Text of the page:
However, after staying for months looking for a job, things did not materialize as expected.
He said that before joining the institute to continue his education, he started learning how to make sculptures using wood, dirt and scrap wood.
He said he learned sculpting skills for six months and paid fees to trainers.
He expected to one day set up his own art studio, where he could work part-time after hours.
“Sometimes I learned on the Internet (online courses), also from people who are experts in this field,” he said in an interview with The Guardian.
“This work requires great passion and focus in order to produce creative things, which may be different from what others produce.”
He noted; “I believe that through creativity, people can tell the difference between you and others, it’s also the best way to attract and attract people’s attention to come and buy your products.”
“If you want to learn and earn something, you have to focus on acquiring skills first, not money. So, it is better to pay attention to the acquisition of skills,” he said.
“The only thing you have to do to be successful is learn, create and practice. In the end, things will change and no one will complain about employment, not only in sculpture, but also in other areas of the economy,” he lamented.
The moment he figured out how to get ahead in his job search, he began practicing sculpture, a career he gained before joining the institute.
A young self-employed worker is involved in making sculptures in Makumbusho village.
“I carve different shapes as you see, there is a Maasai toy of mpingo trees, giraffes, face masks, animal species of all types like lion, cat, elephant, etc.), of trees and people too, according to the needs of the customer he will order”.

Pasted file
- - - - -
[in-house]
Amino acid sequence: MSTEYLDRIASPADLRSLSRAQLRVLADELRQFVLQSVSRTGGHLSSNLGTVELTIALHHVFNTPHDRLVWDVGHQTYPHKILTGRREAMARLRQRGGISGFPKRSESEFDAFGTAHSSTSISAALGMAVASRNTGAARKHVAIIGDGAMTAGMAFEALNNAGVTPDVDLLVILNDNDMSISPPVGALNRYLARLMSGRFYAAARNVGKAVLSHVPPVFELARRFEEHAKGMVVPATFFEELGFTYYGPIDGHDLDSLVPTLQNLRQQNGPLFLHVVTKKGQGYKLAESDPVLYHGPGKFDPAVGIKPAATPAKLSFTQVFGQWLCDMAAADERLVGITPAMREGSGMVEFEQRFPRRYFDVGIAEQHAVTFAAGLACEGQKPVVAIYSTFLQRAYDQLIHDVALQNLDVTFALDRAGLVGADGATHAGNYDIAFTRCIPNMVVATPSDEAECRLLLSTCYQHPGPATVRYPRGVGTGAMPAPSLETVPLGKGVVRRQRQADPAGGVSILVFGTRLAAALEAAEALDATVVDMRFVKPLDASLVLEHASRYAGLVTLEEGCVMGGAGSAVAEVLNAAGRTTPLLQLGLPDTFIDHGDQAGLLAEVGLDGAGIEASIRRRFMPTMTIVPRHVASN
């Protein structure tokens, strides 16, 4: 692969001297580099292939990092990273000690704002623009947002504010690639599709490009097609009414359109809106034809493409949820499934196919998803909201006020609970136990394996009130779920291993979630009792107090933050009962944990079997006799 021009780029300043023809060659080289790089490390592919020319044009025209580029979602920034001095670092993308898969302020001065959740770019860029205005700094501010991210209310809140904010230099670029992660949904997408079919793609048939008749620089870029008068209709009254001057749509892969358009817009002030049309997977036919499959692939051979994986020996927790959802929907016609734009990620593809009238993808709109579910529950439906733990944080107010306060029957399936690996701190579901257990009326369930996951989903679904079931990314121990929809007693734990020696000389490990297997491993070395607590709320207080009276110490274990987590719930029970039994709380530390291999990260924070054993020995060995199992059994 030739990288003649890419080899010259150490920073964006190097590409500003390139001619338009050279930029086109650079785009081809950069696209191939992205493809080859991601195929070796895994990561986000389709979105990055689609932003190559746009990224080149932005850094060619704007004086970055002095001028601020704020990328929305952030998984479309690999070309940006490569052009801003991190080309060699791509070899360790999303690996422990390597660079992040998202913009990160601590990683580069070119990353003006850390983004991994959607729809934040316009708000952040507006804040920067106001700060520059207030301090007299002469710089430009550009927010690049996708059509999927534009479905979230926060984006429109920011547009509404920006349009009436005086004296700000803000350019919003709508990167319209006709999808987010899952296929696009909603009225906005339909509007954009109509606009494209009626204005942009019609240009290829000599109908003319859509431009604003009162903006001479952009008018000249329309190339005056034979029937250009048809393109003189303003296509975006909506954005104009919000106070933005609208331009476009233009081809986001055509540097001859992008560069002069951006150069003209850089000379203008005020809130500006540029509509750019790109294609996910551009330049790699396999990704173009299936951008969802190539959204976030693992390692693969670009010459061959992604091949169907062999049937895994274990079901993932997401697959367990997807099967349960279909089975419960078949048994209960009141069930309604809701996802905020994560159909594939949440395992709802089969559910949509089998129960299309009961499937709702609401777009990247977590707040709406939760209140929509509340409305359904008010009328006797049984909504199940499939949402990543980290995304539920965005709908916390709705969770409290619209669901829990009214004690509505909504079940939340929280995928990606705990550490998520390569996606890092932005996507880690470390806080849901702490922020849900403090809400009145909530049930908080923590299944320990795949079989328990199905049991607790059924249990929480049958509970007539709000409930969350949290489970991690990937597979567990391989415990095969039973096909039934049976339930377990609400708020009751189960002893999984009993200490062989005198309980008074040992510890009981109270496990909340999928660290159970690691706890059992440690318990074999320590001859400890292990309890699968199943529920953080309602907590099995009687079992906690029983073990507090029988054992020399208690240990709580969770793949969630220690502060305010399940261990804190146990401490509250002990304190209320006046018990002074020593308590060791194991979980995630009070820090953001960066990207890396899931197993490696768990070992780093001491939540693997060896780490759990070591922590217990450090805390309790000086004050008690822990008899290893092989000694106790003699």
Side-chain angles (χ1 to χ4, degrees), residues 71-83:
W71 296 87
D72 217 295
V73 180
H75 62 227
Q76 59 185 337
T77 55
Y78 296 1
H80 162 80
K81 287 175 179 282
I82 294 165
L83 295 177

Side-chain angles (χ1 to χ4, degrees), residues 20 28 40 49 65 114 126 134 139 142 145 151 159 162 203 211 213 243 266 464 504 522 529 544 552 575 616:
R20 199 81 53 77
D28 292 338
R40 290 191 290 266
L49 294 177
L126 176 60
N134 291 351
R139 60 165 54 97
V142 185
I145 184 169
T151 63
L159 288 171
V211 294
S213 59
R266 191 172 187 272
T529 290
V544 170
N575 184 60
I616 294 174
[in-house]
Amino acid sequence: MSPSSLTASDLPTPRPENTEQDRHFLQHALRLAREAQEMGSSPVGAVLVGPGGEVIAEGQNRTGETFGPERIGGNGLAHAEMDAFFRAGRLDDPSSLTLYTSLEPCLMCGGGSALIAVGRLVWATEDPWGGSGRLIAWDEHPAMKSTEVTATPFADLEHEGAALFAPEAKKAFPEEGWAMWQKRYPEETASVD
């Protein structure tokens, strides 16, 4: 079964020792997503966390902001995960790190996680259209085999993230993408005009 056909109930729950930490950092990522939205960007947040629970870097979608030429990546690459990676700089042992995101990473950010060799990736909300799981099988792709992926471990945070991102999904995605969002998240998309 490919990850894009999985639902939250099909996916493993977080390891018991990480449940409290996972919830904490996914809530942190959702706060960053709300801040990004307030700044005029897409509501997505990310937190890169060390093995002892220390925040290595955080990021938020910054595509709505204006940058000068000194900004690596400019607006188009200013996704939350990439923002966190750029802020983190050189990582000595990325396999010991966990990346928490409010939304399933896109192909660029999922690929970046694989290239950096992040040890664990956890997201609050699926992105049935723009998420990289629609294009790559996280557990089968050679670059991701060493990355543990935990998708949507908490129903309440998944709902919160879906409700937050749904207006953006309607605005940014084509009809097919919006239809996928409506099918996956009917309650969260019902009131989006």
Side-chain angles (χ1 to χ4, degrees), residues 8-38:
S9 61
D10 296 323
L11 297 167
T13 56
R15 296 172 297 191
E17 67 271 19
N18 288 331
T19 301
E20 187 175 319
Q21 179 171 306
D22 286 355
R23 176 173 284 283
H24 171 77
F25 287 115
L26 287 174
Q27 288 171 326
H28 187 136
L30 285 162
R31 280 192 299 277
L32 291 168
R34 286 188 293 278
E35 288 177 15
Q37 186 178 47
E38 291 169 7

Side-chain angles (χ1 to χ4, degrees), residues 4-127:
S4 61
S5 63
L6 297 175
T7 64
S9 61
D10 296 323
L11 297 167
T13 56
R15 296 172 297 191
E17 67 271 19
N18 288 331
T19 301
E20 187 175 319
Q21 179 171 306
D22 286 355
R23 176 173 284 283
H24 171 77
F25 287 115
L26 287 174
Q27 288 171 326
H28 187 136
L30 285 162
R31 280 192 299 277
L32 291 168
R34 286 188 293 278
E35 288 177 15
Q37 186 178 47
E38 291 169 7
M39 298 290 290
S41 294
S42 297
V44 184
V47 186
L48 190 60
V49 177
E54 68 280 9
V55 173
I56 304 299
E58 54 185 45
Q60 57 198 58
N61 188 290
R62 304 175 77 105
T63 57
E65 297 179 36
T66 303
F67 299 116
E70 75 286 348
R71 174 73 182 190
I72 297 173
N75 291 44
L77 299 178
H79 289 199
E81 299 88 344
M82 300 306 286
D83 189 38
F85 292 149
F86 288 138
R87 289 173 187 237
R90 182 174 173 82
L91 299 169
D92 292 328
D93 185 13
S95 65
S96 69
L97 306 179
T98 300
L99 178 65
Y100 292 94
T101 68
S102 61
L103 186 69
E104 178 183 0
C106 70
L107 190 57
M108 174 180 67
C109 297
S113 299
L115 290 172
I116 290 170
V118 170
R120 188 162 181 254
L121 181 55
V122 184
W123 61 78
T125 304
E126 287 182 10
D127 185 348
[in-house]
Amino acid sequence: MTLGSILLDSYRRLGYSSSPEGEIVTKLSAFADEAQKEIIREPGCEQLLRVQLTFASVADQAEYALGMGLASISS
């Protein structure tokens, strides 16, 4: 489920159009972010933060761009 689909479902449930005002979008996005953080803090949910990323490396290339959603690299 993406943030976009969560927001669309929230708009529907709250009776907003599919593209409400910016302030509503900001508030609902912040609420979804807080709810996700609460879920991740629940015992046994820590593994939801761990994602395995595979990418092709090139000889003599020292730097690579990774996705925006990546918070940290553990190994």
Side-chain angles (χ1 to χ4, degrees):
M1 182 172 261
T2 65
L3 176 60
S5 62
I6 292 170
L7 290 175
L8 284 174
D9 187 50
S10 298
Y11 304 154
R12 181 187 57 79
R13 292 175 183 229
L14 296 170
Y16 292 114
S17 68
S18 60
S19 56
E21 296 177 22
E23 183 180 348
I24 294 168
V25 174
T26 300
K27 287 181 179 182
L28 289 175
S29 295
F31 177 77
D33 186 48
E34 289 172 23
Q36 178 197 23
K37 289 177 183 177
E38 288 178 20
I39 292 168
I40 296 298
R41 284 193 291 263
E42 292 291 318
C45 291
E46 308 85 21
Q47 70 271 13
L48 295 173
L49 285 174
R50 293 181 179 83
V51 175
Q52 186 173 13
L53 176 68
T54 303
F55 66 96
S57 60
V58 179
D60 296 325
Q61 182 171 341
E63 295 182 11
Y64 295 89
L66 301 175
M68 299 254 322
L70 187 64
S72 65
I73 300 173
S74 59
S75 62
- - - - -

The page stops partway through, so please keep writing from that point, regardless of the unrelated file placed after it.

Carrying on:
It manufactures different toys according to customer needs, the orientation of business premises as well as science and technology objects with the aim of attracting customers.
Some people used to order what he markets on media platforms like Instagram, Twitter and Facebook pages.
“Some customers need to decorate their homes using natural objects like animal sculptures, trees and pictures,” he said.
“It takes a long time to convince people to buy our products, especially local Tanzanians who are influenced by Western culture in all aspects of lifestyle, and they view artwork as primitive possessions. “
Talking about his career, he says he produces a lot of objects according to consumer demands.
“I make all kinds of objects with different shapes, because my customers are not of the same status, and sometimes I sell everything,” he revealed.
“Sometimes you can produce many sculptures with high sales expectations; the result is different from what you expected.
He said he sometimes finds markets and relationships with different people, which helps find buyers.
He said that his career has allowed him to generate income of which he manages to meet all the basic needs as well as savings.
He advised other young people in Tanzania to stop complaining about jobs and start building their careers instead of their jobs.
“You know there is a widespread problem of youth unemployment and they are all blaming the government, instead of learning skills that will lead to self-employment,” he said.